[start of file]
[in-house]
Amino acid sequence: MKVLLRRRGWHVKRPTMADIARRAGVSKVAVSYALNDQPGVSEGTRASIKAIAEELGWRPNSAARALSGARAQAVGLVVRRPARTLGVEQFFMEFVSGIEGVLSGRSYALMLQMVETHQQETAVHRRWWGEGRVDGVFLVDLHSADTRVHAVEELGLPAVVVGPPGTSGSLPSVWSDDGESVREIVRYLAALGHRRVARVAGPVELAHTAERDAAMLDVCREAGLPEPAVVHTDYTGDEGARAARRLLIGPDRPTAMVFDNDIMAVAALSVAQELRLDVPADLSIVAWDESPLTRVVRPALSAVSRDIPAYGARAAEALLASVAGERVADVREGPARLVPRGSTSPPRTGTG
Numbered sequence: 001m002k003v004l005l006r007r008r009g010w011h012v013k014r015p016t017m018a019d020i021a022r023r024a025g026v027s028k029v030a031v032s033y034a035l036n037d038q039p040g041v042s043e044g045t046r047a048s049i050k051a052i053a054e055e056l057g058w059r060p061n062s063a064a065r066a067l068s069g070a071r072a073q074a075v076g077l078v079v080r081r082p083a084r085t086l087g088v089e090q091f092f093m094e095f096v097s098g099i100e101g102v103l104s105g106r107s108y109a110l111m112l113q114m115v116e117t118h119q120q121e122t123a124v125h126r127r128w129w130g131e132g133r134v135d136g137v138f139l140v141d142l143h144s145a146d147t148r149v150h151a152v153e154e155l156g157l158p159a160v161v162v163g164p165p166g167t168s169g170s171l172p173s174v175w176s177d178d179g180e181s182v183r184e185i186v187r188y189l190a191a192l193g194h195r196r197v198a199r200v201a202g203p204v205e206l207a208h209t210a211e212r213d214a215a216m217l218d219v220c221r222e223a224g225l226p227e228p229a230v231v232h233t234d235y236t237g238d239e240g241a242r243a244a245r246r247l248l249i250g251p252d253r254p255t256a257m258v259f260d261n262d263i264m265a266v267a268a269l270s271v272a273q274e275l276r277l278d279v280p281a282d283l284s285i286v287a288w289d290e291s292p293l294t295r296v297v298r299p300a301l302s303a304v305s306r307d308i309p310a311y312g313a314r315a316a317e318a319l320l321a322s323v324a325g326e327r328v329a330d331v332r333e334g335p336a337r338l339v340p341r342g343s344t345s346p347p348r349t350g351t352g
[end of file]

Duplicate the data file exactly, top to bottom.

[in-house]
Amino acid sequence: MKVLLRRRGWHVKRPTMADIARRAGVSKVAVSYALNDQPGVSEGTRASIKAIAEELGWRPNSAARALSGARAQAVGLVVRRPARTLGVEQFFMEFVSGIEGVLSGRSYALMLQMVETHQQETAVHRRWWGEGRVDGVFLVDLHSADTRVHAVEELGLPAVVVGPPGTSGSLPSVWSDDGESVREIVRYLAALGHRRVARVAGPVELAHTAERDAAMLDVCREAGLPEPAVVHTDYTGDEGARAARRLLIGPDRPTAMVFDNDIMAVAALSVAQELRLDVPADLSIVAWDESPLTRVVRPALSAVSRDIPAYGARAAEALLASVAGERVADVREGPARLVPRGSTSPPRTGTG
Numbered sequence: 001m002k003v004l005l006r007r008r009g010w011h012v013k014r015p016t017m018a019d020i021a022r023r024a025g026v027s028k029v030a031v032s033y034a035l036n037d038q039p040g041v042s043e044g045t046r047a048s049i050k051a052i053a054e055e056l057g058w059r060p061n062s063a064a065r066a067l068s069g070a071r072a073q074a075v076g077l078v079v080r081r082p083a084r085t086l087g088v089e090q091f092f093m094e095f096v097s098g099i100e101g102v103l104s105g106r107s108y109a110l111m112l113q114m115v116e117t118h119q120q121e122t123a124v125h126r127r128w129w130g131e132g133r134v135d136g137v138f139l140v141d142l143h144s145a146d147t148r149v150h151a152v153e154e155l156g157l158p159a160v161v162v163g164p165p166g167t168s169g170s171l172p173s174v175w176s177d178d179g180e181s182v183r184e185i186v187r188y189l190a191a192l193g194h195r196r197v198a199r200v201a202g203p204v205e206l207a208h209t210a211e212r213d214a215a216m217l218d219v220c221r222e223a224g225l226p227e228p229a230v231v232h233t234d235y236t237g238d239e240g241a242r243a244a245r246r247l248l249i250g251p252d253r254p255t256a257m258v259f260d261n262d263i264m265a266v267a268a269l270s271v272a273q274e275l276r277l278d279v280p281a282d283l284s285i286v287a288w289d290e291s292p293l294t295r296v297v298r299p300a301l302s303a304v305s306r307d308i309p310a311y312g313a314r315a316a317e318a319l320l321a322s323v324a325g326e327r328v329a330d331v332r333e334g335p336a337r338l339v340p341r342g343s344t345s346p347p348r349t350g351t352g